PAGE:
Parents as “Speech Therapists”: Study Shows YOU Are Key to Child’s Success
Speech therapists at FOCUS Fort Myers study for years – first in the classroom and then for the rest of our careers in practice at our clinic – learning ways to help children master key communication skills, from appropriate conversation to phonological awareness to comprehension. We use all sorts of tools to make that happen – including puppets, games, puzzles, swings, crafts – even a ball pit! But the most effective tool? Parents!
Parental engagement in helping carry over these same strategies with their child undeniably results in better, faster progress. (And the earlier we/ you get started, the better!)
We can cite countless examples that have us convinced, but it’s backed up by peer-reviewed research too.
Parental Involvement Helps Children Make Faster Speech Therapy Progress
The American Journal of Speech-Language Pathology followed the effects of parental involvement in language intervention on children between 1.5-to-5-years-old with language impairments that were both primary (language only) and secondary (accompanied by cognitive impairment or disability). Researchers reviewed 18 previous studies examining how well children did when speech therapists offered parents specific strategies to work with their kids outside the clinic setting.
They pointed firstly to several studies showing children’s communication skills markedly improve when their parents:
- Interacted more frequently with their child.
- Responded to the child’s attempts to communicate.
- Focused on key words in their sentences (e.g. “You’re eating an APPLE!”).
- Used speech that is child-directed (e.g. Discuss topics or objects in which the child is interested in or focusing on, and also using speech that is both simplified and melodic).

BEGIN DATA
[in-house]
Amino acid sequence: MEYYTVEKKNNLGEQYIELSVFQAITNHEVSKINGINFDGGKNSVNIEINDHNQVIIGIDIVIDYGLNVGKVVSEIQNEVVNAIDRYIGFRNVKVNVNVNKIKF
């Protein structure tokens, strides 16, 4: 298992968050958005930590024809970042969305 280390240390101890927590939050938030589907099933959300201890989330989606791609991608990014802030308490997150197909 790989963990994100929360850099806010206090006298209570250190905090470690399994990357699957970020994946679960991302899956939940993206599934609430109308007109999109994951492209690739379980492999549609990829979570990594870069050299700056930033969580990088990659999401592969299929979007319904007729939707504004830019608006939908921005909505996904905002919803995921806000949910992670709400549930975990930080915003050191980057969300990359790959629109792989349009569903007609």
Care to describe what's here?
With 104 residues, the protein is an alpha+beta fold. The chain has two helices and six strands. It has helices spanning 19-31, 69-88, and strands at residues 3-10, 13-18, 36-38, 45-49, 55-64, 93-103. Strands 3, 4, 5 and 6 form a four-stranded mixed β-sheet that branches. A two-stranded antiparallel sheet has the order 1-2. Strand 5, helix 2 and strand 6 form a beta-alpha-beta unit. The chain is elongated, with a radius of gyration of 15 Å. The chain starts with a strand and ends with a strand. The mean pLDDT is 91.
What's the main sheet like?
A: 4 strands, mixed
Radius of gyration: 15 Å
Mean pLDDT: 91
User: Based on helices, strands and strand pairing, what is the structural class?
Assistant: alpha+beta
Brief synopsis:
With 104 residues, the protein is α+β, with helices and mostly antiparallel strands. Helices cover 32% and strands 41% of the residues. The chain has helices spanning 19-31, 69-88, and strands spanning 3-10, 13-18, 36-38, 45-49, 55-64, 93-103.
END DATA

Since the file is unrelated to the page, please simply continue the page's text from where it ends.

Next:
- Made a point to expand on what the child is saying (e.g. Your child says, “Dog.” You respond with, “You’re right, that is a big dog!”).
Next, study authors pointed out prior analysis showing when therapists share their strategies with parents, kids reached their communication goals faster.
Taking it a step further, they looked at whether formal parent-led speech intervention programs had the same results (and also make sure kids with a broad range of challenges were represented, including those with delays, autism, down syndrome and other conditions. In the studies reviewed, parents worked closely with speech therapists to craft outside-the-clinic strategies they could work on at home. Then their progress was compared to a control group of children whose parents didn’t receive this extra help.
The result? Kids whose parents took on a more active role made much further progress strides than those who didn’t receive the extra instruction. Specific improvements were reported with children’s:
- Expressive skills (speech and non-verbal communication);
- Language comprehension;
- Frequency of communication.
This pattern was consistent across the board among children with many different challenges.
The takeaway? Parents DO make a difference!
What’s more, the most marked progress happened with intensive parent involvement and early intervention.